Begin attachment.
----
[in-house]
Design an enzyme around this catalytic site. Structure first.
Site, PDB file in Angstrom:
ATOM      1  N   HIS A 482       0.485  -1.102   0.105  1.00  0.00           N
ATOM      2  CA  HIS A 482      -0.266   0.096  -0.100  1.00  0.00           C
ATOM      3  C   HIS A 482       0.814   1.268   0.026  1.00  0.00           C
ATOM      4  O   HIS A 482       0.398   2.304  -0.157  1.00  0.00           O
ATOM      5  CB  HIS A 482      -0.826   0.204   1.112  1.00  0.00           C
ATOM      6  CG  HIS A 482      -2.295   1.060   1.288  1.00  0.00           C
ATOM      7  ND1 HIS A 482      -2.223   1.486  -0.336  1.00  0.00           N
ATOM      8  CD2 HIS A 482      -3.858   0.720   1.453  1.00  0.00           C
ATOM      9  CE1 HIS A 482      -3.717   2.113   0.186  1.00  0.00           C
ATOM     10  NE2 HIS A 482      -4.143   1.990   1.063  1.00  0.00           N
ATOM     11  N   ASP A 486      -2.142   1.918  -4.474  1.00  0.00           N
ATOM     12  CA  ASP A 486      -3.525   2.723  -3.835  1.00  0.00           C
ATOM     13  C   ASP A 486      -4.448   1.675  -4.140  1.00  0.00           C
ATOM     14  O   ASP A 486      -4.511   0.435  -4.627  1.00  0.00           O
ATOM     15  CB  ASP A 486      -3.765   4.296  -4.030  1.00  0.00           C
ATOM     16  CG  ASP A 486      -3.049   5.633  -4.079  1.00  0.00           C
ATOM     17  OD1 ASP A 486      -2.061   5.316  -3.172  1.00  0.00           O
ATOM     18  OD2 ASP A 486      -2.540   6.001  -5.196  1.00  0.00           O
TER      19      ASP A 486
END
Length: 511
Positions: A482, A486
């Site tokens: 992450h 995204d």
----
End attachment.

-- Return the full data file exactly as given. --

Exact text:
[in-house]
Design an enzyme around this catalytic site. Structure first.
Site, PDB file in Angstrom:
ATOM      1  N   HIS A 482       0.485  -1.102   0.105  1.00  0.00           N
ATOM      2  CA  HIS A 482      -0.266   0.096  -0.100  1.00  0.00           C
ATOM      3  C   HIS A 482       0.814   1.268   0.026  1.00  0.00           C
ATOM      4  O   HIS A 482       0.398   2.304  -0.157  1.00  0.00           O
ATOM      5  CB  HIS A 482      -0.826   0.204   1.112  1.00  0.00           C
ATOM      6  CG  HIS A 482      -2.295   1.060   1.288  1.00  0.00           C
ATOM      7  ND1 HIS A 482      -2.223   1.486  -0.336  1.00  0.00           N
ATOM      8  CD2 HIS A 482      -3.858   0.720   1.453  1.00  0.00           C
ATOM      9  CE1 HIS A 482      -3.717   2.113   0.186  1.00  0.00           C
ATOM     10  NE2 HIS A 482      -4.143   1.990   1.063  1.00  0.00           N
ATOM     11  N   ASP A 486      -2.142   1.918  -4.474  1.00  0.00           N
ATOM     12  CA  ASP A 486      -3.525   2.723  -3.835  1.00  0.00           C
ATOM     13  C   ASP A 486      -4.448   1.675  -4.140  1.00  0.00           C
ATOM     14  O   ASP A 486      -4.511   0.435  -4.627  1.00  0.00           O
ATOM     15  CB  ASP A 486      -3.765   4.296  -4.030  1.00  0.00           C
ATOM     16  CG  ASP A 486      -3.049   5.633  -4.079  1.00  0.00           C
ATOM     17  OD1 ASP A 486      -2.061   5.316  -3.172  1.00  0.00           O
ATOM     18  OD2 ASP A 486      -2.540   6.001  -5.196  1.00  0.00           O
TER      19      ASP A 486
END
Length: 511
Positions: A482, A486
């Site tokens: 992450h 995204d």